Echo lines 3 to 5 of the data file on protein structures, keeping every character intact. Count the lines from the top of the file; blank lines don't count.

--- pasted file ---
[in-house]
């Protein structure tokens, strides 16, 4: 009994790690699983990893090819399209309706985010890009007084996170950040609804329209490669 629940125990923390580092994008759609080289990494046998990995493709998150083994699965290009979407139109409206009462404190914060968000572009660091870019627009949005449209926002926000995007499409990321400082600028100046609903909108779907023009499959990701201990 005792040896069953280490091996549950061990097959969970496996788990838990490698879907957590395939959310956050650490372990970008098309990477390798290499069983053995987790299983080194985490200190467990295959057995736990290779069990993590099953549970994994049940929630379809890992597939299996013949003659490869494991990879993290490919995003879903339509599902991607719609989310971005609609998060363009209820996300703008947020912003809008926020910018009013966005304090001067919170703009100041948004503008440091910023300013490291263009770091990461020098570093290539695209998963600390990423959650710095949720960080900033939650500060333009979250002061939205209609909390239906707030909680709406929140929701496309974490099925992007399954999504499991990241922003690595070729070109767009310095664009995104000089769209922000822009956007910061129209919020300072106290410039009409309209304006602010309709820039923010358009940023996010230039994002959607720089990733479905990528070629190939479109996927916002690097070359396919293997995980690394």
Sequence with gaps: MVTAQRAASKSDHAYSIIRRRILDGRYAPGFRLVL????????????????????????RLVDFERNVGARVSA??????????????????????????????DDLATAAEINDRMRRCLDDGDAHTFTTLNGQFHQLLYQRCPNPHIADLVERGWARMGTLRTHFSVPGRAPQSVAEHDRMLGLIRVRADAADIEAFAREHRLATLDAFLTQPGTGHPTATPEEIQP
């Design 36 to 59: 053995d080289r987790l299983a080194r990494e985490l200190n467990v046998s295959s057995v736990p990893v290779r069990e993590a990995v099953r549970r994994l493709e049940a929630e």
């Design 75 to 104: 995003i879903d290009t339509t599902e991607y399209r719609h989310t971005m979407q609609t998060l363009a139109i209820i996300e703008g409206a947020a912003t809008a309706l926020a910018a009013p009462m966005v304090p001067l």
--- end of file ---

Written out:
Sequence with gaps: MVTAQRAASKSDHAYSIIRRRILDGRYAPGFRLVL????????????????????????RLVDFERNVGARVSA??????????????????????????????DDLATAAEINDRMRRCLDDGDAHTFTTLNGQFHQLLYQRCPNPHIADLVERGWARMGTLRTHFSVPGRAPQSVAEHDRMLGLIRVRADAADIEAFAREHRLATLDAFLTQPGTGHPTATPEEIQP
């Design 36 to 59: 053995d080289r987790l299983a080194r990494e985490l200190n467990v046998s295959s057995v736990p990893v290779r069990e993590a990995v099953r549970r994994l493709e049940a929630e």
């Design 75 to 104: 995003i879903d290009t339509t599902e991607y399209r719609h989310t971005m979407q609609t998060l363009a139109i209820i996300e703008g409206a947020a912003t809008a309706l926020a910018a009013p009462m966005v304090p001067l």